The Dead Sea is fed mainly by the Jordan River, which enters from the north. Because of irrigation projects and other water needs upstream, the level of the Dead Sea has been falling.
Much less water now enters the sea from the Jordan River. The river once brought 1.3 billion cubic meters of fresh water every year into the sea. Now it brings only about 100 million cubic meters, most of it containing agricultural runoff and sewage. These water uses have a bigger impact on Dead Sea levels than rainfall, which only amounts to an average of about 50 millimeters annually.
Over the past 50 years, the level of the Dead Sea has dropped by 45 meters, and the rate of decline is increasing. From 1930 to 1973, the sea declined 17 centimeters per year. From 1974 to 1979, it dropped 62 centimeters per year, and from 1981 to 1990, 79 centimeters per year. From 1994 to 2001, the sea declined 100 centimeters per year. A 2018 report by Israel’s Ministry of Environmental Protection notes a rate of decline of 1.2 meters per year.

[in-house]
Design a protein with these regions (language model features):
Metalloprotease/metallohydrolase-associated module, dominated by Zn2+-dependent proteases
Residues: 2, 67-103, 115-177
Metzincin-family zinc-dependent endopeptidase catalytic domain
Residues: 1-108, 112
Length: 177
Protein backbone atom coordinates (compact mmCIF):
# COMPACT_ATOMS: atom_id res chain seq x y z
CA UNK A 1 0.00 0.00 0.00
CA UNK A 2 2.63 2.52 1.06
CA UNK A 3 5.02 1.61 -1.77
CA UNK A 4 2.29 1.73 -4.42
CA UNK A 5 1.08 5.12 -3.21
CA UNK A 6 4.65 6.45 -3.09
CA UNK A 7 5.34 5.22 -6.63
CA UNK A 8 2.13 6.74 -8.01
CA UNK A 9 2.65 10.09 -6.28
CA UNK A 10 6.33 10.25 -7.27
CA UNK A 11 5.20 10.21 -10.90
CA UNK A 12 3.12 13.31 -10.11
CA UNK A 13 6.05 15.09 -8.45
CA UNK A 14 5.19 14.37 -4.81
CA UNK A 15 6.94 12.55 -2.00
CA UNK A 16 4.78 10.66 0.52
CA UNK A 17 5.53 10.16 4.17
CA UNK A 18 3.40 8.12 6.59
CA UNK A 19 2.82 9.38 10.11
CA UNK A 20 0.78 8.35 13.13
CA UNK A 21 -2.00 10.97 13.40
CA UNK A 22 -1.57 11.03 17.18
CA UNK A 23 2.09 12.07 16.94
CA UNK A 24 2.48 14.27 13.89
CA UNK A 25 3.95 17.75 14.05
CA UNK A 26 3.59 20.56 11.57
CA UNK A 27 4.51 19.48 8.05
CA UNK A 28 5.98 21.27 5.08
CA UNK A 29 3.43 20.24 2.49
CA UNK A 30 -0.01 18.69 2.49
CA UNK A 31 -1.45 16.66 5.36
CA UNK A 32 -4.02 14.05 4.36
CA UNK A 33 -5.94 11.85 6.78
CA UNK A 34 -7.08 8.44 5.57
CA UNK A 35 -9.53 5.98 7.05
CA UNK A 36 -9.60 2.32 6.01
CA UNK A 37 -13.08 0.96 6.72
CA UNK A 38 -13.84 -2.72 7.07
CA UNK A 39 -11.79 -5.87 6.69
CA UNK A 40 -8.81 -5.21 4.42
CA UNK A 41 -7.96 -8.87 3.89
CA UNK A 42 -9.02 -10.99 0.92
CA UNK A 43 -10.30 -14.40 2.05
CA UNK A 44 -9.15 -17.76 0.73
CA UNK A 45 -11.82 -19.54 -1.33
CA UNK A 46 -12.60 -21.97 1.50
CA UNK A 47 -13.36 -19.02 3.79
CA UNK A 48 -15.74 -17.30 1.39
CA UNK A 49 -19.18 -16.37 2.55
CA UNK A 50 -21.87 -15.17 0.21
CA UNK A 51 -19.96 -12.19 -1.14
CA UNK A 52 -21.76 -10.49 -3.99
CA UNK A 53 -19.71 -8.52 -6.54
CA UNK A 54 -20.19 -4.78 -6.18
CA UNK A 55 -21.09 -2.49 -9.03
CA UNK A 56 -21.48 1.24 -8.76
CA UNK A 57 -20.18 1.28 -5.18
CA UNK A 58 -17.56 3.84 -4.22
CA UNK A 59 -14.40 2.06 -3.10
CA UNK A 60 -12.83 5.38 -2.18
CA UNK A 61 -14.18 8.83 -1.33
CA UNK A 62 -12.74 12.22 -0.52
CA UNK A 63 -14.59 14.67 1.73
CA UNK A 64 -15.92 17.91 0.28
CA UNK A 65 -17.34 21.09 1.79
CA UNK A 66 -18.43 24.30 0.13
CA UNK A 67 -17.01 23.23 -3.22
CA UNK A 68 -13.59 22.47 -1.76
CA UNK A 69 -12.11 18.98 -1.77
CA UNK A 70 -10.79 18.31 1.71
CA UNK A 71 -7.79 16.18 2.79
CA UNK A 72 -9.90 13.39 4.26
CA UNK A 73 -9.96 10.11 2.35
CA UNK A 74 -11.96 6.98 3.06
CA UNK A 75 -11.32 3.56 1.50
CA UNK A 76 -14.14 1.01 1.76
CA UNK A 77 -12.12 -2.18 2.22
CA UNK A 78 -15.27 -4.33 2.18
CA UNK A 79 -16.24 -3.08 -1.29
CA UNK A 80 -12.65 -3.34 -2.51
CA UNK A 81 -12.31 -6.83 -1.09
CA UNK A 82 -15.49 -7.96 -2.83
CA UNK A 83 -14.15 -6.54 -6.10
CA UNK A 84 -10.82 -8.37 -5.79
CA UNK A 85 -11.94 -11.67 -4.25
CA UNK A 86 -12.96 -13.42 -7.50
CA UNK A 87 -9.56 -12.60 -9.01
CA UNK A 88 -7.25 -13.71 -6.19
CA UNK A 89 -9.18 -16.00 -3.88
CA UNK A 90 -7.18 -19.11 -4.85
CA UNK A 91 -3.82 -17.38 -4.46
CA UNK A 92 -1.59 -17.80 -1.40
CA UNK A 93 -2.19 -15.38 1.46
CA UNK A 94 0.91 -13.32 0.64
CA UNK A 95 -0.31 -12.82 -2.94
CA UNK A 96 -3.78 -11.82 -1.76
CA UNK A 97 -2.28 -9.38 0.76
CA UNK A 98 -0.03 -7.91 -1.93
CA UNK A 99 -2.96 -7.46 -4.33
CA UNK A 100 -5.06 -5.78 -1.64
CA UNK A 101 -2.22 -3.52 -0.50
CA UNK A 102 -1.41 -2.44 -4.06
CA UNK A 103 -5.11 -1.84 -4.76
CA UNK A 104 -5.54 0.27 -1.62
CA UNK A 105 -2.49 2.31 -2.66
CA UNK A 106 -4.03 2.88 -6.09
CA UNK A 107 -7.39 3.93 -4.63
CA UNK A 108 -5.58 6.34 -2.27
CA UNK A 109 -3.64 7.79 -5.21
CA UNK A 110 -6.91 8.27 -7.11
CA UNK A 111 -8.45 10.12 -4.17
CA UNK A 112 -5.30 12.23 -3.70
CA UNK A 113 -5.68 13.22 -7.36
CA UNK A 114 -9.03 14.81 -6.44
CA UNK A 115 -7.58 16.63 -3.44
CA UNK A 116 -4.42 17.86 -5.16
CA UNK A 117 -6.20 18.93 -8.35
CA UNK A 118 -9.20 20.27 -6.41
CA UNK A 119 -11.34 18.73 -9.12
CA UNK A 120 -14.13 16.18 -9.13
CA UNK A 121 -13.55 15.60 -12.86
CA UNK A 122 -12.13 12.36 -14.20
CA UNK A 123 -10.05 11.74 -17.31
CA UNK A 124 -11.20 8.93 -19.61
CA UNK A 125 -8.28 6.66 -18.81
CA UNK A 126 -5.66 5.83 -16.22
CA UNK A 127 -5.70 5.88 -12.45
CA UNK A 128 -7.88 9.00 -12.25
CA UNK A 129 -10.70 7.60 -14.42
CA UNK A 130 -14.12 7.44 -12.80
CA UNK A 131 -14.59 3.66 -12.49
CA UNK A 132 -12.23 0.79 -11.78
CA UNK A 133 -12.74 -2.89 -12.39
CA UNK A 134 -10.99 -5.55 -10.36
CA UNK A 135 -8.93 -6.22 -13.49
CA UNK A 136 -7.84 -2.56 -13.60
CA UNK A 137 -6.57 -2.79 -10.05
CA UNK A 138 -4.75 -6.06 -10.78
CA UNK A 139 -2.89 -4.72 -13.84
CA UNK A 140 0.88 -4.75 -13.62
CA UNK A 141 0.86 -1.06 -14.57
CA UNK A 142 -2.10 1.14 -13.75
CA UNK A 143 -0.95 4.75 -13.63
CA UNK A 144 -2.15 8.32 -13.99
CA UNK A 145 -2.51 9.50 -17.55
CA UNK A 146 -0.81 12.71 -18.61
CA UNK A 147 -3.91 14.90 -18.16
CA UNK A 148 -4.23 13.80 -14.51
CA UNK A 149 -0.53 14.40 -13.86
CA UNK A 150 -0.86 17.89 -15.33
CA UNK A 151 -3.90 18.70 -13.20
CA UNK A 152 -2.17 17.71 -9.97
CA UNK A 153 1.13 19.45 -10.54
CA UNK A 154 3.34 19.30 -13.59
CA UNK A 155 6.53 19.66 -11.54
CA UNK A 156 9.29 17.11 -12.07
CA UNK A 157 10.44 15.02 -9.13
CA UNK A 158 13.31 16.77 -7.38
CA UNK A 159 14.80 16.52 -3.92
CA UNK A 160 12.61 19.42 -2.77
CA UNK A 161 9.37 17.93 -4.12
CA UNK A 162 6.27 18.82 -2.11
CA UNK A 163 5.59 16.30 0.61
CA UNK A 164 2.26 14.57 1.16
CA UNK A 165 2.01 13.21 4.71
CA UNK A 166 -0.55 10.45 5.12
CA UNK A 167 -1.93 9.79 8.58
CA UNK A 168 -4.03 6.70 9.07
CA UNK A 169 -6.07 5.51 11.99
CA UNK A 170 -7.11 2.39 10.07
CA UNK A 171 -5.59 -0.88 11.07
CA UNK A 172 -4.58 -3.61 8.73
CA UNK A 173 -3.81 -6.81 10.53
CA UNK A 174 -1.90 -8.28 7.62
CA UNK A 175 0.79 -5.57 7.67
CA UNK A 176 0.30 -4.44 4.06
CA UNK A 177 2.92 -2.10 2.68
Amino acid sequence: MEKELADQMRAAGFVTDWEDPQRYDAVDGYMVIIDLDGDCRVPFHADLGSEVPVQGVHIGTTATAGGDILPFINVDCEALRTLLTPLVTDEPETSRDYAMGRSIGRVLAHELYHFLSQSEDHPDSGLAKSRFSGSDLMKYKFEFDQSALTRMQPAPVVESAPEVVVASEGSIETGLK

As the water level continues to drop, the water only gets saltier. There is even a layer of salt coating the lake bottom, which has been growing about 10 centimeters thicker every year.
To make matters worse, as the water retreats, sinkholes form in the salty seabed that is left behind. Studies have inventoried the sinkholes along the coast of the Dead Sea and found that the sinkholes are increasing in number, making development on this land hazardous.